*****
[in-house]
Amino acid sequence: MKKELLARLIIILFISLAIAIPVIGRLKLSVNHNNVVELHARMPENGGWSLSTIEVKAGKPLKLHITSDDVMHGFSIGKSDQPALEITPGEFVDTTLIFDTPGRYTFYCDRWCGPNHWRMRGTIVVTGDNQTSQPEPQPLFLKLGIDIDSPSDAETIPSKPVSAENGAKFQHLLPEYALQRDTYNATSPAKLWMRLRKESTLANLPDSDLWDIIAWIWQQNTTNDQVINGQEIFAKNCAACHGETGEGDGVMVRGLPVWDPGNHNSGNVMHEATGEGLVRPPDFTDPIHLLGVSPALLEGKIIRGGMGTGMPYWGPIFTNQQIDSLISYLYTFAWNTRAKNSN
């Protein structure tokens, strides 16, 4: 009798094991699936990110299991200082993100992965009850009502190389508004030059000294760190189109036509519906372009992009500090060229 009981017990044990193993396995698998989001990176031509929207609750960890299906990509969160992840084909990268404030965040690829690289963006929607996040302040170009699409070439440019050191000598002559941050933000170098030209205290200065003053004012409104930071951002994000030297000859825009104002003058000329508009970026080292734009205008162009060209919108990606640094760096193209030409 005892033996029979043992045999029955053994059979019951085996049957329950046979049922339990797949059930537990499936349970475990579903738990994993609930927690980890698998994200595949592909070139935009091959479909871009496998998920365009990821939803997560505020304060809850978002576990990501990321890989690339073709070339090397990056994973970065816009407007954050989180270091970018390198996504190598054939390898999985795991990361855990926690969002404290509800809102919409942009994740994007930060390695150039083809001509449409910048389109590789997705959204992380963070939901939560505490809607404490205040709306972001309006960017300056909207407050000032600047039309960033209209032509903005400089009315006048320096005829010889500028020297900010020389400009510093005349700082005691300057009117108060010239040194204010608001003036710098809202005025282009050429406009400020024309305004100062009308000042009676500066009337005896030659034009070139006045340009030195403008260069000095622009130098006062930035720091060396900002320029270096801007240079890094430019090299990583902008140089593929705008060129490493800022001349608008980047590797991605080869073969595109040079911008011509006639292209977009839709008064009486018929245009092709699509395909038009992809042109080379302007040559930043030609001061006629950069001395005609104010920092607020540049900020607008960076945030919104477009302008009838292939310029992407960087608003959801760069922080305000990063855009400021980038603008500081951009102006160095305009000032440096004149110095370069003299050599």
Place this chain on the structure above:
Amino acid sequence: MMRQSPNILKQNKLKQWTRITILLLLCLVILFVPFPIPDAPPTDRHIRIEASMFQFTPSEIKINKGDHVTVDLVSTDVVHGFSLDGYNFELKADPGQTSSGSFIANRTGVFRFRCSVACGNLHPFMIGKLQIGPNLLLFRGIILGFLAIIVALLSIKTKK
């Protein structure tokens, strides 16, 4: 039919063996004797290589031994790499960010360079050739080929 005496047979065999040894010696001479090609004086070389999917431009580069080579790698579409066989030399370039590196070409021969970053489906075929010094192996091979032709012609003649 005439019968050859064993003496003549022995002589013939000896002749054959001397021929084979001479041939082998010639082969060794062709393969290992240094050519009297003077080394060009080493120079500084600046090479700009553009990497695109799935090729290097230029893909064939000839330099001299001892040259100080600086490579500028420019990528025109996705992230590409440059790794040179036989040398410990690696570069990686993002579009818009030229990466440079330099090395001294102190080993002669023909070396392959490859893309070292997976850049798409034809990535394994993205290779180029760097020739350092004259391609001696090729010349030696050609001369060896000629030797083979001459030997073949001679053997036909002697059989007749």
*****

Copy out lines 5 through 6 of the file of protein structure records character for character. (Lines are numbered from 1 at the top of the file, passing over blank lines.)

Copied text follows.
Amino acid sequence: MMRQSPNILKQNKLKQWTRITILLLLCLVILFVPFPIPDAPPTDRHIRIEASMFQFTPSEIKINKGDHVTVDLVSTDVVHGFSLDGYNFELKADPGQTSSGSFIANRTGVFRFRCSVACGNLHPFMIGKLQIGPNLLLFRGIILGFLAIIVALLSIKTKK
């Protein structure tokens, strides 16, 4: 039919063996004797290589031994790499960010360079050739080929 005496047979065999040894010696001479090609004086070389999917431009580069080579790698579409066989030399370039590196070409021969970053489906075929010094192996091979032709012609003649 005439019968050859064993003496003549022995002589013939000896002749054959001397021929084979001479041939082998010639082969060794062709393969290992240094050519009297003077080394060009080493120079500084600046090479700009553009990497695109799935090729290097230029893909064939000839330099001299001892040259100080600086490579500028420019990528025109996705992230590409440059790794040179036989040398410990690696570069990686993002579009818009030229990466440079330099090395001294102190080993002669023909070396392959490859893309070292997976850049798409034809990535394994993205290779180029760097020739350092004259391609001696090729010349030696050609001369060896000629030797083979001459030997073949001679053997036909002697059989007749």